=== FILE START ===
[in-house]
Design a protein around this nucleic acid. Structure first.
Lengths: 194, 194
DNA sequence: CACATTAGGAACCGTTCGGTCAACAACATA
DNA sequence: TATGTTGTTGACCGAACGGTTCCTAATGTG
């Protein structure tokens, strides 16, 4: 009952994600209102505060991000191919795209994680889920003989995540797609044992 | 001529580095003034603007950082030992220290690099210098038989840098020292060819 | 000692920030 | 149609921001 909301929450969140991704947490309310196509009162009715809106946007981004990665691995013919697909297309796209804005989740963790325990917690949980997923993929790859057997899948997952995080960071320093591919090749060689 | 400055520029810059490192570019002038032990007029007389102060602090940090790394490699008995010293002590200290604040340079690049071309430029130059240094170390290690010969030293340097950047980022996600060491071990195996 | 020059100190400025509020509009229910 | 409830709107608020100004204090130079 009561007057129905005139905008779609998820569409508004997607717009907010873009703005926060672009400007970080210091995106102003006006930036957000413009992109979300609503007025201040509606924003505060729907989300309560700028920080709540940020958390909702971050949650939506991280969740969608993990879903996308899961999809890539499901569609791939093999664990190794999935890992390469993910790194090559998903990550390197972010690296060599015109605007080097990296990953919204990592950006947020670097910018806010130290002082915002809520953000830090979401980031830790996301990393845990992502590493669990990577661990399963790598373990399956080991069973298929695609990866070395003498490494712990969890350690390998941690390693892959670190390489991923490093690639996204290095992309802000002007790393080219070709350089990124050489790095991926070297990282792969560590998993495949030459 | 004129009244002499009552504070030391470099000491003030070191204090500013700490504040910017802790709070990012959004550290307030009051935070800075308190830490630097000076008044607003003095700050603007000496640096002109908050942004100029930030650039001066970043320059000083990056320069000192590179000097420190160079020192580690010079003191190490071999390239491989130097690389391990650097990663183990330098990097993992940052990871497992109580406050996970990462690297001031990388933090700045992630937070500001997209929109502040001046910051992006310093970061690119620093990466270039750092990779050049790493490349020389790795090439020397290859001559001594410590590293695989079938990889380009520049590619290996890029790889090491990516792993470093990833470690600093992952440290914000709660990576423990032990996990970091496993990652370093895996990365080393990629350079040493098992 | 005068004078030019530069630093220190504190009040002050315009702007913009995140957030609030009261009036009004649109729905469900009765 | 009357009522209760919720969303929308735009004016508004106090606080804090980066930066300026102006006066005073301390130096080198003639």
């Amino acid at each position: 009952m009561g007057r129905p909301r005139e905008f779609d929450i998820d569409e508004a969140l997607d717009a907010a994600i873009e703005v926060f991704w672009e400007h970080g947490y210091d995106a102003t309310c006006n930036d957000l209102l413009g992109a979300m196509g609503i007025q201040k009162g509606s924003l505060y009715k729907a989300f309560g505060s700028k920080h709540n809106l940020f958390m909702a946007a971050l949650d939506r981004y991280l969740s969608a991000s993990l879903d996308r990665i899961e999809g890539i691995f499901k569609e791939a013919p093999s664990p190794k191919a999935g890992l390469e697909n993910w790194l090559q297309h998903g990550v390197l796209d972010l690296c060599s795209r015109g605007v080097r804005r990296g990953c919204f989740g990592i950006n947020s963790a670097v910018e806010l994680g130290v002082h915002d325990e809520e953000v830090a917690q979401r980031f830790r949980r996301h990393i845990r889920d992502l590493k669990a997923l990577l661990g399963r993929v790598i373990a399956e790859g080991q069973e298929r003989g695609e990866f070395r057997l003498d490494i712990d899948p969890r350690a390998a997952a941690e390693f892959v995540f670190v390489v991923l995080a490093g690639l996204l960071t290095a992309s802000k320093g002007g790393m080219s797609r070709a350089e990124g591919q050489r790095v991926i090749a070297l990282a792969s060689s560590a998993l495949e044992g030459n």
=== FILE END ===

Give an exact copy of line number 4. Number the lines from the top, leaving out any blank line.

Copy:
DNA sequence: CACATTAGGAACCGTTCGGTCAACAACATA